When someone thinks about being biliterate, they often have a narrow focus of what possibilities this opens them up to. When I first started to explore the opportunities presented by being biliterate, I was focused on travel opportunities, teaching the language, and other bare-bones ideas about the benefits of multilingualism. This perception, however, is incredibly flawed and ignores the major benefits of understanding two (or perhaps more) languages. One day last fall, my perception was permanently altered by a seemingly mundane event.
The Clark Art Institute
Last fall, a group of students in my high school’s French Program visited the Clark Art Institute in northern Massachusetts. At the Institute, they have a full art museum where they give guided tours and foster interest in higher education in the field of art. The museum possesses some unique pieces of art, ranging from around the world and spanning several centuries of history. At the Clark Art Institute, they have a team of docents, who act as tour guides through the museum, that speak a variety of languages. Our docent, Sylvia, was fluent in French and provided a bulk of our tour in French. During the tour, I became enthralled by the idea of using French in this way; it was such a unique way to use the French language in one’s everyday life, far beyond what I had ever imagined as possible.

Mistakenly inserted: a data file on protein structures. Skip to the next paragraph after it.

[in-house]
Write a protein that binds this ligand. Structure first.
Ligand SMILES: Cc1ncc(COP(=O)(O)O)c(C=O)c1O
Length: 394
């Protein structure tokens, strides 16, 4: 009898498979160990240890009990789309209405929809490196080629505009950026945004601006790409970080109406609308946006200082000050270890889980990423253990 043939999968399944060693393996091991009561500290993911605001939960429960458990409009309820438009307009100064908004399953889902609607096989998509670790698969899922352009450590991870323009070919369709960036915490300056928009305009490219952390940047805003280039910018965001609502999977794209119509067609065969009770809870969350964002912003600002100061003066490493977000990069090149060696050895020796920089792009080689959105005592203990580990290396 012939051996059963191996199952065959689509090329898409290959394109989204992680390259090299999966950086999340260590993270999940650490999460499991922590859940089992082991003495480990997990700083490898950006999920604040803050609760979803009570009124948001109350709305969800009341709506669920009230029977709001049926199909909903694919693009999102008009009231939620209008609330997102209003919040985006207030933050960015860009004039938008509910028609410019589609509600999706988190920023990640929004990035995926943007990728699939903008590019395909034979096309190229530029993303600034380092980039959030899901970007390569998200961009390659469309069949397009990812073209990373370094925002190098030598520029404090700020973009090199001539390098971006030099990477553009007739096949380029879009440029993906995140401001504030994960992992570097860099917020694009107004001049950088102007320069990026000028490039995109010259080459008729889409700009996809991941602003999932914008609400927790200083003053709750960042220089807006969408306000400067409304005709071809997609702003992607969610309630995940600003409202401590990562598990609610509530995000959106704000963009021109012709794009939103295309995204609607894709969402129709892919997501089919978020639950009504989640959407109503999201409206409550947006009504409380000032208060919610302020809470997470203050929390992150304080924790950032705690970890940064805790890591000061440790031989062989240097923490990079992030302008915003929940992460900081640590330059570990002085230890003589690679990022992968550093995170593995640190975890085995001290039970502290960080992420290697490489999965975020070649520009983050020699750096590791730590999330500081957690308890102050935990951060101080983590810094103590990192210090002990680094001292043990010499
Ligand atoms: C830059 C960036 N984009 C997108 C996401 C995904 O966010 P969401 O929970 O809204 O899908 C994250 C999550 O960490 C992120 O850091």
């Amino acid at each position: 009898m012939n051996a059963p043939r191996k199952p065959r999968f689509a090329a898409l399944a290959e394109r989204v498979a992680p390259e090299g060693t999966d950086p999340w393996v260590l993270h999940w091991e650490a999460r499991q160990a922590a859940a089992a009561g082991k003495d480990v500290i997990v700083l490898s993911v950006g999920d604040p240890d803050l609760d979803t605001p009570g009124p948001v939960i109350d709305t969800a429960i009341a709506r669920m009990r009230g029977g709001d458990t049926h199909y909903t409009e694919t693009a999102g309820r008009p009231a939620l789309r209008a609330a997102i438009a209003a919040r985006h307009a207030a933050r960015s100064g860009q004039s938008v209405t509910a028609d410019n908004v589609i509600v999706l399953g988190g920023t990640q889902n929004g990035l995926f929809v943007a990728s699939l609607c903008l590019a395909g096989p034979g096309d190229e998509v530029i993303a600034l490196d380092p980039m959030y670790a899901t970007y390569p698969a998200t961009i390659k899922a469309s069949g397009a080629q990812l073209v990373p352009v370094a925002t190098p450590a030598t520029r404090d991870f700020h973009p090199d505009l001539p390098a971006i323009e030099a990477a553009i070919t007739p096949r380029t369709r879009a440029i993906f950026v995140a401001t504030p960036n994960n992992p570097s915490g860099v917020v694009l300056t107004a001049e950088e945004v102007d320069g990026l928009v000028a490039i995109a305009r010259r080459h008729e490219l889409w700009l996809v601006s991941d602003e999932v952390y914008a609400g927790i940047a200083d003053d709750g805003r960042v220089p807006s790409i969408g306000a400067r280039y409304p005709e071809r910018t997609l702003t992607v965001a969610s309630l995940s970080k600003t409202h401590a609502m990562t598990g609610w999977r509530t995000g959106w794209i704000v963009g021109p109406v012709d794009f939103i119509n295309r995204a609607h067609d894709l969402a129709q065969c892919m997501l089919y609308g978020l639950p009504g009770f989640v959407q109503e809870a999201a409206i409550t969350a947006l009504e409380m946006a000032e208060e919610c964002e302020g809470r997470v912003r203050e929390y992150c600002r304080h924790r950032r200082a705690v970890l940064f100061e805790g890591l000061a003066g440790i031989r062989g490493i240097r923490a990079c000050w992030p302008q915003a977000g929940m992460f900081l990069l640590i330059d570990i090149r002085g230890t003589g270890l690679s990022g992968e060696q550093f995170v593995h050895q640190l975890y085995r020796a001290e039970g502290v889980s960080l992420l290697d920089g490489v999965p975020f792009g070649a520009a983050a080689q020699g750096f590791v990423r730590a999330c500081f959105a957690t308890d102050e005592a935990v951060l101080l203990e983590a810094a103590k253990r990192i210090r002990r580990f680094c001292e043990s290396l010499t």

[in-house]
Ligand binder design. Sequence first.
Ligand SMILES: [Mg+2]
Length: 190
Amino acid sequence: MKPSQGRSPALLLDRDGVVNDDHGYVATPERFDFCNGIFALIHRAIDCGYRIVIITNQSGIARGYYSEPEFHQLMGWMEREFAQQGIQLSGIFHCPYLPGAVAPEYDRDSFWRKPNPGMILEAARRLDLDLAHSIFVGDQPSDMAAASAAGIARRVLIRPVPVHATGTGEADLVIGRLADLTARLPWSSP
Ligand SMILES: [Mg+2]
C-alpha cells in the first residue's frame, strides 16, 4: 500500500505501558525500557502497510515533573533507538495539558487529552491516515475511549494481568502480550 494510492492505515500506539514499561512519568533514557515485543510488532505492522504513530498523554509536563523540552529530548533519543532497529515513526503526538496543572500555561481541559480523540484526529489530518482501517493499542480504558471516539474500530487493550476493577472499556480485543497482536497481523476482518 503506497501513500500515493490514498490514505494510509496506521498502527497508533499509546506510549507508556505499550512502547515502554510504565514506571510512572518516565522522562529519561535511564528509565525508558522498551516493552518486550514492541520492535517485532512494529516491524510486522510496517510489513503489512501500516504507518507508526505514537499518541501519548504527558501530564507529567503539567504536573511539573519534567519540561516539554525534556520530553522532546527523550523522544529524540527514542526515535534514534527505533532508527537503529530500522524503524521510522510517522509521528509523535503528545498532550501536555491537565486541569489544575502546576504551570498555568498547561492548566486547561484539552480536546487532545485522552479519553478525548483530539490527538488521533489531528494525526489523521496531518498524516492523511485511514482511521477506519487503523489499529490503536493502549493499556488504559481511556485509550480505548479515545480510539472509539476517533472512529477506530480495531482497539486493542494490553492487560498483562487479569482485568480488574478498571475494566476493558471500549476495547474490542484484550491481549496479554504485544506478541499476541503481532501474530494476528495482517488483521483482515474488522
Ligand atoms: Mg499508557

The Interview & Revelations
After our tour, I reached out to Sylvia about an interview, which she agreed to participate in. This interview provided me with even more insight into how Sylvia used language in her everyday life. I began asking her about her experience with language as a docent. She expressed how being bilingual had helped her connect to the people that she was giving tours to. Not only could she provide information about the art, but she could provide vocabulary about art in French. This idea of using language to connect with the people around you resonated with me; it was this major revelation that actively changed my perception. I began to understand, almost immediately, that language was more than just traveling or teaching: it could foster personal connections.
Sylvia didn’t start learning language to become a docent, and that’s not the only place she has used it, either. Somewhere that she was most proud of using the language in her life was with her kids. As she raised her kids they traveled back and forth between France and the United States, exposing them to the language and culture of both. Because of this, French has long been ingrained in the life of Sylvia’s children, providing them with that cultural connection that she fell in love with. Once more, this brought new ideas of biliteracy and bilingualism to my mind. It seemed so fundamental to one’s life to learn a new language, to become invested in connecting with others via language and experience.
Sylvia opened my mind to a more complete understanding of how bilingualism, and biliteracy, is useful in life. It is my goal to pass this message on to others. When I consider the way that French has changed Sylvia’s life, I find a powerful story that moves me to continue my own study of language, something that I hope to pass on to the people around me now and in the future.